T-bones, porterhouses, cowboy ribeyes — all classic steakhouse fare found in some of those “old school,” dimly lit carnivore havens of yore. But the popularity of bone-in beef cuts has waned a great deal over the decades to the point that many restaurants offering beef steak items offer them in only the boneless form. As a result, a new spin on the steak dining experience is in fact making the older style of bone-in beef cuts a cool new movement.
Plumes of dust randomly appeared on the horizon as I scanned across fields while planting corn during this late spring season. Planters scratched horizontal lines in the ground as if it were a large Etch-A-Sketch. The same field I was planting today, my great-grandfather planted 150 years earlier. As I peered over the seed population monitors and gauges, my mind wandered, “How far have agriculture and food manufacturing evolved over the last century? How did previous generations continually improve agriculture production, methods and technology over the last century? Sustainability? Was that the answer?”
Today, many organizations use the term “sustainability” in an attempt to satiate needs of stakeholders, consumers and public opinion. According to the Cambridge dictionary, sustainability is “the idea that goods and services should be produced in ways that do not use resources that cannot be replaced and that do not damage the environment.” True believers and practitioners of sustainable practices evaluate, plan and think through the short- and long-term utilization of resources. Sustainability should be more than a buzzword. For many decades, some meat processors have been keeping their nose to the grindstone, implementing sustainable practices. But for some advocates, no matter what advancements, activities or applications our industry takes, it will never be enough.
What purpose would an organization have to pursue sustainable practices? One reason could be the triple bottom line, which was coined by John Elkington as “the approach to measure financial, social and environmental performance of an organization.” The first area of financial measure seems to be a well-understood driver of most aspects of human activity and business. One does not need to read Adam Smith’s “The Wealth of Nations” to understand business functions that produce goods or services to ultimately make a profit for said company and benefit the consumers’ needs. Organizations, board members and managers have fiduciary duties to shareholders. There also is a duty to stated missions or tenets of an organization.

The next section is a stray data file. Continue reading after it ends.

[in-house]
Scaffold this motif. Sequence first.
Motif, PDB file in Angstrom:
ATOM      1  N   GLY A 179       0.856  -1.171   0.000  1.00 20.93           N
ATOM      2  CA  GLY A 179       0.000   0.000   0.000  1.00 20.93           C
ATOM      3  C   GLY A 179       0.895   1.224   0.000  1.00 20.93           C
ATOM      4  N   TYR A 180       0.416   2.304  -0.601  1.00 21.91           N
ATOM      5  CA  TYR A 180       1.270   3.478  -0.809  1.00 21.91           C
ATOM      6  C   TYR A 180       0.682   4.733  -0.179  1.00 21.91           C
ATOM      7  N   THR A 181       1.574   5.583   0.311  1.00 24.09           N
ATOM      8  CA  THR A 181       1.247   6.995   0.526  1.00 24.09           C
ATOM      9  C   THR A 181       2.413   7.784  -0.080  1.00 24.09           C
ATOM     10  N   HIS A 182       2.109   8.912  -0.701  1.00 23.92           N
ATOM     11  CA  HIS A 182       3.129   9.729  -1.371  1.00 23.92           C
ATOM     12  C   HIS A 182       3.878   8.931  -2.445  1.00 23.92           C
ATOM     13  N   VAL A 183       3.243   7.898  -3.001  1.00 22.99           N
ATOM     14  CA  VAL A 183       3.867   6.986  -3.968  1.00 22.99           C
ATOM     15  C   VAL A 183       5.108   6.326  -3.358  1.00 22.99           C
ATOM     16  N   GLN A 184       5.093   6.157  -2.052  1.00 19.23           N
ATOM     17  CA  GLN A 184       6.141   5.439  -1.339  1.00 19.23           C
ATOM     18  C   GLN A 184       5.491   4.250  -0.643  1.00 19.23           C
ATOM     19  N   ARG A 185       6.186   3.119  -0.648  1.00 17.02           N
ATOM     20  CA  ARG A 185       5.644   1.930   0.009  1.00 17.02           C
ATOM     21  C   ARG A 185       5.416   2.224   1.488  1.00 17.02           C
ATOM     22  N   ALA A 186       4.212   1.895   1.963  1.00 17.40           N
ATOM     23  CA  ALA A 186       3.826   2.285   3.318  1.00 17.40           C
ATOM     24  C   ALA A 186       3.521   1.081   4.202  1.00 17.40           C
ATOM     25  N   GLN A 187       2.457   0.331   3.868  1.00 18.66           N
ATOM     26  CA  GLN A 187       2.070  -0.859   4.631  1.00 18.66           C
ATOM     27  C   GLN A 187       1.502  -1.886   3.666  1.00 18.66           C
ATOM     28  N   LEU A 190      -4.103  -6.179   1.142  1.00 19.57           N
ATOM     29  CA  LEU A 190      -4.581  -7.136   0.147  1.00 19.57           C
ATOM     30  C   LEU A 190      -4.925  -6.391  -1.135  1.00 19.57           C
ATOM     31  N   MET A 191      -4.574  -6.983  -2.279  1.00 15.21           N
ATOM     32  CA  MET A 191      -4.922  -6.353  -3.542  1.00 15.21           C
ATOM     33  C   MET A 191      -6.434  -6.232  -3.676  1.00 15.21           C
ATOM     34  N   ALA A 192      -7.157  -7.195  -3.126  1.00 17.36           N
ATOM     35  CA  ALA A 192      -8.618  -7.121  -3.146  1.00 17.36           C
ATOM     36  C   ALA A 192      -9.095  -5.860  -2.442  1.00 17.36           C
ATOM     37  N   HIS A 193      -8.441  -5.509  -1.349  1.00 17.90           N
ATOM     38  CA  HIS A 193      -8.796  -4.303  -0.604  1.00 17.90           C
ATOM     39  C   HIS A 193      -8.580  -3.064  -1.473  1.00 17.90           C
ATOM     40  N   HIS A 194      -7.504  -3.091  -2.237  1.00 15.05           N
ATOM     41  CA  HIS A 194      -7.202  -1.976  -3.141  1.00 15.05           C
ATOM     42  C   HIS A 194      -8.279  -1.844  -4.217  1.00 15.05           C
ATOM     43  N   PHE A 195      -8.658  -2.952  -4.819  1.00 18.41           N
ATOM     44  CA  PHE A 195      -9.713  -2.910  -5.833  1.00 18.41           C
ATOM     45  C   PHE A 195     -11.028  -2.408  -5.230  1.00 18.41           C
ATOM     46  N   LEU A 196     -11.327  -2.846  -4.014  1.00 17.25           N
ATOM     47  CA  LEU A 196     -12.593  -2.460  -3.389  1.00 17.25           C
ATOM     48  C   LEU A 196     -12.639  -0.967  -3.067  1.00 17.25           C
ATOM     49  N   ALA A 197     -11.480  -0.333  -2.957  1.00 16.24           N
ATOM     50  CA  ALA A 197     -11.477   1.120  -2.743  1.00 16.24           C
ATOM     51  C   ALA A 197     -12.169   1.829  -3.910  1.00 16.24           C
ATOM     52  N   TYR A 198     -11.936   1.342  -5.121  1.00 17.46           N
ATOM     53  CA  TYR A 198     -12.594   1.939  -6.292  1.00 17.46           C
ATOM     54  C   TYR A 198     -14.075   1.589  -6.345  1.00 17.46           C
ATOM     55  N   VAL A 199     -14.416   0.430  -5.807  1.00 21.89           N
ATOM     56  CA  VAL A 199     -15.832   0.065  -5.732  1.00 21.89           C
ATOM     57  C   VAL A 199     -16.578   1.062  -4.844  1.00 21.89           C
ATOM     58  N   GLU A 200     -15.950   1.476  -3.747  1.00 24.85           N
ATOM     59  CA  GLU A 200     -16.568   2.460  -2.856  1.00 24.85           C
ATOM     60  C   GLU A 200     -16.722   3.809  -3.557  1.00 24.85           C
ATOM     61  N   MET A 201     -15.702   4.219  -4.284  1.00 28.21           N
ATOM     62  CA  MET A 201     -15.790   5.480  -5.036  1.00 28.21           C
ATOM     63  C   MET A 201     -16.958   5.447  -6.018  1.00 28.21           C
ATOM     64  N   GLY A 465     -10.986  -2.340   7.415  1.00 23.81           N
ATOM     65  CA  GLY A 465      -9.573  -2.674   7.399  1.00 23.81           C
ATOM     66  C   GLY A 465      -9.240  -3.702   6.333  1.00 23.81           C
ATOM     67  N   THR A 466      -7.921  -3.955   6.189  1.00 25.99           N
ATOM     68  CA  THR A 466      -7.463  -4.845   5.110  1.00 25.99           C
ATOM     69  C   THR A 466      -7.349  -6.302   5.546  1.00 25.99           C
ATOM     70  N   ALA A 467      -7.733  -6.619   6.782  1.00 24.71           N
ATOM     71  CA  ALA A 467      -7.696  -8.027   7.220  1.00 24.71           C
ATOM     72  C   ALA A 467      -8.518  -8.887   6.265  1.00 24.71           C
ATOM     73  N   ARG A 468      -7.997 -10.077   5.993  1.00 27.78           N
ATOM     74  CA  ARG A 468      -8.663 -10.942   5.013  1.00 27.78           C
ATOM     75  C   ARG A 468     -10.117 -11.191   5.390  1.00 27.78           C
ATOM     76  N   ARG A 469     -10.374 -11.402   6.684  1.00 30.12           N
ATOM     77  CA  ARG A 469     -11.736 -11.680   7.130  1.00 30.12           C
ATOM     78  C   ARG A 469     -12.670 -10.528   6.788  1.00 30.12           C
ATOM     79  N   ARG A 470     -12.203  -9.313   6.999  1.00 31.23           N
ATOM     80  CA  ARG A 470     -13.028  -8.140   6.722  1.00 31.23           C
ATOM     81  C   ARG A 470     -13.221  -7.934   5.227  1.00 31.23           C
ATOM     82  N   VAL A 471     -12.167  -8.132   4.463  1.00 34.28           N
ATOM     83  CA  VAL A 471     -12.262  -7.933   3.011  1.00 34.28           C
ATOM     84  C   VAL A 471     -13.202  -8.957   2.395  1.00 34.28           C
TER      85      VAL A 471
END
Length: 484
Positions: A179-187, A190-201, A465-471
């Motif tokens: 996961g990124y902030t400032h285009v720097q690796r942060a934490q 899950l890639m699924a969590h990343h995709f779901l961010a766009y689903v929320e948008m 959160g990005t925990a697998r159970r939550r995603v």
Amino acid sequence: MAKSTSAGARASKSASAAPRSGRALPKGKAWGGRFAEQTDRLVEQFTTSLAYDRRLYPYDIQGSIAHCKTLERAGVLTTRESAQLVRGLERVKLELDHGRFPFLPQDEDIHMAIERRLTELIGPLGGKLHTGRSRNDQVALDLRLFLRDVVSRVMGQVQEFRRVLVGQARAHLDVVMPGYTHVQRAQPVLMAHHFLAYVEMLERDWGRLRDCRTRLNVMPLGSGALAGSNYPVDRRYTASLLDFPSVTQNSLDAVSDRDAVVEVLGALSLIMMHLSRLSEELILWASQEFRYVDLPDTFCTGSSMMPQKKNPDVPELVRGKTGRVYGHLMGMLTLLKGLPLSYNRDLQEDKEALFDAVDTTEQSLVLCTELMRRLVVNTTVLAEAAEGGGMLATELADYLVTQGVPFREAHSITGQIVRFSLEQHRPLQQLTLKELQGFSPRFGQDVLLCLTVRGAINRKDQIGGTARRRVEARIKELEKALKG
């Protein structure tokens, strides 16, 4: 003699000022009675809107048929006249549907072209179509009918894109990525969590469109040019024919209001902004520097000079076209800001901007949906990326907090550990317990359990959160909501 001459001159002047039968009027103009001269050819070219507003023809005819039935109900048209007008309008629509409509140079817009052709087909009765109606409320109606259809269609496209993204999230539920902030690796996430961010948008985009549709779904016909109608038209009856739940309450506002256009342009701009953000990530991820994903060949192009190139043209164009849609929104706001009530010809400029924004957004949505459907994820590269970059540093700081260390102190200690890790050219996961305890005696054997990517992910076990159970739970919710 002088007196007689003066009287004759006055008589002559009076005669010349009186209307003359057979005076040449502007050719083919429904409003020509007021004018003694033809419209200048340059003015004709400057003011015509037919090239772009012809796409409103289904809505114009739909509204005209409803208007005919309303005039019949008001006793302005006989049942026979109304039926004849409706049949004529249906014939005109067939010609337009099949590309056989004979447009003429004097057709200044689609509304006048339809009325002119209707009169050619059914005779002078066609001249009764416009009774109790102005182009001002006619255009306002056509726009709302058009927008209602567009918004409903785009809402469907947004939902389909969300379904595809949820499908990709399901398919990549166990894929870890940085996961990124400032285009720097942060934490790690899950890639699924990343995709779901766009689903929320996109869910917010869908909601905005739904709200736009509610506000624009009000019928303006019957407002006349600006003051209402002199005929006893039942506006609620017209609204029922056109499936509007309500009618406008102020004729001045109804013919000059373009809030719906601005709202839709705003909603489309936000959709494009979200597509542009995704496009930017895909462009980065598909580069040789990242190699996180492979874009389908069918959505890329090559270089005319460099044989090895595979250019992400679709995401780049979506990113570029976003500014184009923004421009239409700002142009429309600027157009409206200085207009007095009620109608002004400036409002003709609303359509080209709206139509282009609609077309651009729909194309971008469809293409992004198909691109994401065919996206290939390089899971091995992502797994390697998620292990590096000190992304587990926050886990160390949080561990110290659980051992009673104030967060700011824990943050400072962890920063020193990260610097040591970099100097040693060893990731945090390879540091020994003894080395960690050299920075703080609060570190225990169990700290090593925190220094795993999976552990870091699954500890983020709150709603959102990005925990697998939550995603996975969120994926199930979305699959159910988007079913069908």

The social aspect can affect a company based on the extent to which its operations are reported. Annual reports provide solid information regarding the past performance and a general forward-looking statement. But what happens when an unforeseen event occurs that may not truly reflect a company’s dedication and commitment to sustainable practices? Unfortunately, anomalies may affect a company’s best practices and opportunistic, agenda-focused agents systematically bring the long knives out against that company. It is therefore critical to maintain a constant vigil and control the social message regarding the positive sustainable activities in which a company engages.